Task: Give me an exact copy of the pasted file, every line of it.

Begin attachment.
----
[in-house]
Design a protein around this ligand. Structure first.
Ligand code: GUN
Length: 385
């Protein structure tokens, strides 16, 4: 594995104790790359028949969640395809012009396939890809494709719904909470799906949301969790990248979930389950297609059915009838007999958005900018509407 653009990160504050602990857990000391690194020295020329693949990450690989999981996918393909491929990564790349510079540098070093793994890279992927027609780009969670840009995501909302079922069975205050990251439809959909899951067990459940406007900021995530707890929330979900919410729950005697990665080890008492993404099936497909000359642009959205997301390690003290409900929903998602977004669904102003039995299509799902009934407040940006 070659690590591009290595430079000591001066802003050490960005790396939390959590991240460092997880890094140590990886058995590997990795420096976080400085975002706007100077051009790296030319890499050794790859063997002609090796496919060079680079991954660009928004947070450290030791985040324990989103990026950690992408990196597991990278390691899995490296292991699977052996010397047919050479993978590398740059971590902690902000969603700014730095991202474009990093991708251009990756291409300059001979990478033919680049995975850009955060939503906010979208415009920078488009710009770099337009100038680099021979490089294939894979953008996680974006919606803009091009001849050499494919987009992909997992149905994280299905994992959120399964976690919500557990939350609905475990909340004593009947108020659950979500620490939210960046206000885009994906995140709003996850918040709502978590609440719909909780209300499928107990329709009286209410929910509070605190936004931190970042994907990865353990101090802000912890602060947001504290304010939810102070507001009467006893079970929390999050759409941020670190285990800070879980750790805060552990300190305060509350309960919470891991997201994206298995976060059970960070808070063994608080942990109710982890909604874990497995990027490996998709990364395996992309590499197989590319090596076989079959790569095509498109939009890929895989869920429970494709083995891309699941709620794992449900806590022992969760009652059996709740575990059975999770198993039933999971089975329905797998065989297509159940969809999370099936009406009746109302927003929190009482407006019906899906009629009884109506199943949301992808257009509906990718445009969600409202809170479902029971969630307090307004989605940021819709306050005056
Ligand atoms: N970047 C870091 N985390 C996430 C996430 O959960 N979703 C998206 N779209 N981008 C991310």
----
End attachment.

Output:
[in-house]
Design a protein around this ligand. Structure first.
Ligand code: GUN
Length: 385
């Protein structure tokens, strides 16, 4: 594995104790790359028949969640395809012009396939890809494709719904909470799906949301969790990248979930389950297609059915009838007999958005900018509407 653009990160504050602990857990000391690194020295020329693949990450690989999981996918393909491929990564790349510079540098070093793994890279992927027609780009969670840009995501909302079922069975205050990251439809959909899951067990459940406007900021995530707890929330979900919410729950005697990665080890008492993404099936497909000359642009959205997301390690003290409900929903998602977004669904102003039995299509799902009934407040940006 070659690590591009290595430079000591001066802003050490960005790396939390959590991240460092997880890094140590990886058995590997990795420096976080400085975002706007100077051009790296030319890499050794790859063997002609090796496919060079680079991954660009928004947070450290030791985040324990989103990026950690992408990196597991990278390691899995490296292991699977052996010397047919050479993978590398740059971590902690902000969603700014730095991202474009990093991708251009990756291409300059001979990478033919680049995975850009955060939503906010979208415009920078488009710009770099337009100038680099021979490089294939894979953008996680974006919606803009091009001849050499494919987009992909997992149905994280299905994992959120399964976690919500557990939350609905475990909340004593009947108020659950979500620490939210960046206000885009994906995140709003996850918040709502978590609440719909909780209300499928107990329709009286209410929910509070605190936004931190970042994907990865353990101090802000912890602060947001504290304010939810102070507001009467006893079970929390999050759409941020670190285990800070879980750790805060552990300190305060509350309960919470891991997201994206298995976060059970960070808070063994608080942990109710982890909604874990497995990027490996998709990364395996992309590499197989590319090596076989079959790569095509498109939009890929895989869920429970494709083995891309699941709620794992449900806590022992969760009652059996709740575990059975999770198993039933999971089975329905797998065989297509159940969809999370099936009406009746109302927003929190009482407006019906899906009629009884109506199943949301992808257009509906990718445009969600409202809170479902029971969630307090307004989605940021819709306050005056
Ligand atoms: N970047 C870091 N985390 C996430 C996430 O959960 N979703 C998206 N779209 N981008 C991310």